6 things to say if EU holds up transition over Ireland

by Hugo Dixon | 16.03.2018

The UK and EU are locked in talks to nail down a transition deal before next week’s European Council summit. Our government is so desperate to cushion the blow of Brexit that it has been making concessions at “supersonic speed”, an EU diplomat told the FT.

But the one area where we haven’t made progress is on the Irish border. Indeed, things have gone backwards. Theresa May agreed back in December that one solution could be for Northern Ireland’s rules to remain aligned to those of the rest of the EU post-Brexit. But when the EU put that commitment into legalese, our prime minister rejected the text.

Ireland is insisting that the UK isn’t rewarded with a transition deal unless we make progress on the Irish border. If it persuades the other EU countries to back it, there may be no deal next week. And, if that happens, UK business will go ballistic. The next summit isn’t until June 28-29. More and more companies will be so scared that the economy will fall off a cliff next March that they will shift operations across the English Channel or Irish Sea so they can still access the EU’s single market.

If there is no transition deal next week, pro-Europeans should say six things:

1. We are only in this pickle because the government hasn’t come up with a viable solution to keep the Irish border invisible, despite saying this is what it wants.

2. Miraculous technology is not an option. As the House of Commons Northern Ireland Affairs Committee, which is chaired by a Tory Brexiter, said in a report published today: “The government’s proposals for technical solutions represent blue sky thinking but it will not have the time to implement anything substantial before withdrawal day.”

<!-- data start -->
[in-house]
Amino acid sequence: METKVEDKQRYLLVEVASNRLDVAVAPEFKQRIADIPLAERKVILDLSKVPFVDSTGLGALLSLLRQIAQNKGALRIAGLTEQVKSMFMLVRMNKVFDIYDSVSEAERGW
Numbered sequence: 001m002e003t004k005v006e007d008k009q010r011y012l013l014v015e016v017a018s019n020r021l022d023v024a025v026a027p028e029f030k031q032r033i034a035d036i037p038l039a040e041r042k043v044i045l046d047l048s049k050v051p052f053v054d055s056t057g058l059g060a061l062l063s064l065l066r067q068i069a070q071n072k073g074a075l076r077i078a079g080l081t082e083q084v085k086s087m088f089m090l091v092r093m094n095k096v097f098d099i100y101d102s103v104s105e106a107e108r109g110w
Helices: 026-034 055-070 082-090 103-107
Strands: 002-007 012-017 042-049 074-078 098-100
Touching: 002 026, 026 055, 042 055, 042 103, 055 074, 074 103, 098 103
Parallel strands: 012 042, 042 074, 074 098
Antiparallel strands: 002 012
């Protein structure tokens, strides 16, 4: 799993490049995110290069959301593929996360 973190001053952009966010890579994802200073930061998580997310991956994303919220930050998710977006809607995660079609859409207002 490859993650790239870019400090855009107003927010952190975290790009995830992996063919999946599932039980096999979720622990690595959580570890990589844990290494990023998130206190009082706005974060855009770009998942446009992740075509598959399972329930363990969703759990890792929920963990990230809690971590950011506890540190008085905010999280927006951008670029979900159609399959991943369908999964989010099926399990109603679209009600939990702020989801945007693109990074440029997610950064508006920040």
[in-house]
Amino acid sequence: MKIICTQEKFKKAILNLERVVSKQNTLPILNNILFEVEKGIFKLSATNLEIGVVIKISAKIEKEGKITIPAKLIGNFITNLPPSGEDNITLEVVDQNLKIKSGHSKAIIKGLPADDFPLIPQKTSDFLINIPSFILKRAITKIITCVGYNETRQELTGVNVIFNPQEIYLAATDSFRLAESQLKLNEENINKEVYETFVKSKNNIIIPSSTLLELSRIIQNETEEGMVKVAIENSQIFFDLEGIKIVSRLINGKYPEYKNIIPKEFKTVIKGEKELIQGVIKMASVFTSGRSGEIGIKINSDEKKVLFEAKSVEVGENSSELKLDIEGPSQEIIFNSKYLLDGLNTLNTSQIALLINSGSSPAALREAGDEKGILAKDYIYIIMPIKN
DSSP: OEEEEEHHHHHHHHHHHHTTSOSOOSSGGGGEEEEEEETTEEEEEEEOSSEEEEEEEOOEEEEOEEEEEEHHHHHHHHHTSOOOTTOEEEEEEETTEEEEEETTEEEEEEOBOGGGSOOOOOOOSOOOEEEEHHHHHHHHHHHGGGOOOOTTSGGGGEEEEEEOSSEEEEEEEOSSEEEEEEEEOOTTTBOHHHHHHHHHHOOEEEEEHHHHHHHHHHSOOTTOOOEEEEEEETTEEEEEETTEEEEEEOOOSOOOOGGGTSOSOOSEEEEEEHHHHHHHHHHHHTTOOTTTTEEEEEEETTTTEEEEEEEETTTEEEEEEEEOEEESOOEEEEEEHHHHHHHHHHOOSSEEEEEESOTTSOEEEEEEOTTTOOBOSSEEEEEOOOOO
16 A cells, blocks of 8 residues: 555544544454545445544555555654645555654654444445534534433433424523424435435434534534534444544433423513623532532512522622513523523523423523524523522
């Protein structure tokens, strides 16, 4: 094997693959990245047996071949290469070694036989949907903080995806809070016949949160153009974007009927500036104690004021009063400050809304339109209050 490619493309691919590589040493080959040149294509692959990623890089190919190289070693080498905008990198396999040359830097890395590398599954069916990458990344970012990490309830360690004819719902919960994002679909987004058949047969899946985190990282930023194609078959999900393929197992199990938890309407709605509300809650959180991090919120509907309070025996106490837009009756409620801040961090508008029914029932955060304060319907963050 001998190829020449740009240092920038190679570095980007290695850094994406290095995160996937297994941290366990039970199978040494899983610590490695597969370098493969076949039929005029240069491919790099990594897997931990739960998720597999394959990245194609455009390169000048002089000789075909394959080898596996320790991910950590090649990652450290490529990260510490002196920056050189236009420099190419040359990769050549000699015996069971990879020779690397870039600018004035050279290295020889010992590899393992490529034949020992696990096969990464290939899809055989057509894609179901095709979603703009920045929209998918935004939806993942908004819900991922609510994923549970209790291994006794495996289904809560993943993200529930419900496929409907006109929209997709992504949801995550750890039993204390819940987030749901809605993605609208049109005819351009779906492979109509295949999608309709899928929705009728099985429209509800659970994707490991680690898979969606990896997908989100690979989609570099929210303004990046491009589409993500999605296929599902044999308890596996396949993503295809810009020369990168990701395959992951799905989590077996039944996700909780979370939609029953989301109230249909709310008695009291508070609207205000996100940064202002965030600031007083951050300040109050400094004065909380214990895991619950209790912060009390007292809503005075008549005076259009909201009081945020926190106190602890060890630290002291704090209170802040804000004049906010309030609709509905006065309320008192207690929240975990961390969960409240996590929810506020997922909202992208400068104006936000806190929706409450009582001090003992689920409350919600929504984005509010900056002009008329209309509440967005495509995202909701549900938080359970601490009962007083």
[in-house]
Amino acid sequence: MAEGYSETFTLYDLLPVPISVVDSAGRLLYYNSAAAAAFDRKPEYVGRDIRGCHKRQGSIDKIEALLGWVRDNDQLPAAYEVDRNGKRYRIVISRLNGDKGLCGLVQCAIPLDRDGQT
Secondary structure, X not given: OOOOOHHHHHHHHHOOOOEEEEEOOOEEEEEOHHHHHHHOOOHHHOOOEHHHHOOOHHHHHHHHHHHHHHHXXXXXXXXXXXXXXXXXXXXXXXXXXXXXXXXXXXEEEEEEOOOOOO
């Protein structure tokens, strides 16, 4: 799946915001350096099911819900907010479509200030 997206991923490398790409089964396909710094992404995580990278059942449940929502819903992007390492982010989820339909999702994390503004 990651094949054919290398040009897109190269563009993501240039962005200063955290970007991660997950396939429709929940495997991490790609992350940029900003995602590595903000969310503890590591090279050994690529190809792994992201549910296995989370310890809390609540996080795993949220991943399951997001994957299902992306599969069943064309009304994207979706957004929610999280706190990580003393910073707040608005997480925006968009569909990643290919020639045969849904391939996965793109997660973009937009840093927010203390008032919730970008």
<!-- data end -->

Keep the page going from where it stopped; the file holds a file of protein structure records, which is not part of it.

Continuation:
3. A sea border between Great Britain and Northern Ireland is unacceptable, as we need to keep the United Kingdom united. The prime minister is absolutely right now to reject the sea border idea – but she should never have accepted this was a possibility back in December.

4. Keeping the whole of the UK in a customs union with the EU would help avoid border controls in Ireland. But it would not be enough. We would also need to agree that we had the same regulations as the EU does for all physical products – whether manufactured goods or agriculture. Otherwise, sub-standard products would be free to criss-cross the borders.

5. Following the EU’s single market rules and its rules for trade with the rest of the world without a vote on them would turn us from a proud European power into a vassal state.

6. The only way to avoid border controls in Ireland, stop a sea border in the Irish Sea, protect our economy and prevent us from becoming a vassal state is to cancel Brexit. That’s what we should do.

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    Edited by Luke Lythgoe

    6 Responses to “6 things to say if EU holds up transition over Ireland”

    • You’re still talking about a Vassal state. It’s well established that “vassal state” is a term dredged-up by arch-Brexiteers like Rees-Mogg. And yet, despite it being incorrect, you continue to use it.
      – A vassal state pays tribute money to its master: are we clear that the UK is just paying its historical debts or not??
      – A vassal state submits fighters and funds to its masters, to contribute to its foreign military exploits. Are you saying UK will do that??
      – A vassal state cannot make significant laws of its own. UK has made significant laws on a huge number of areas these past 44 years.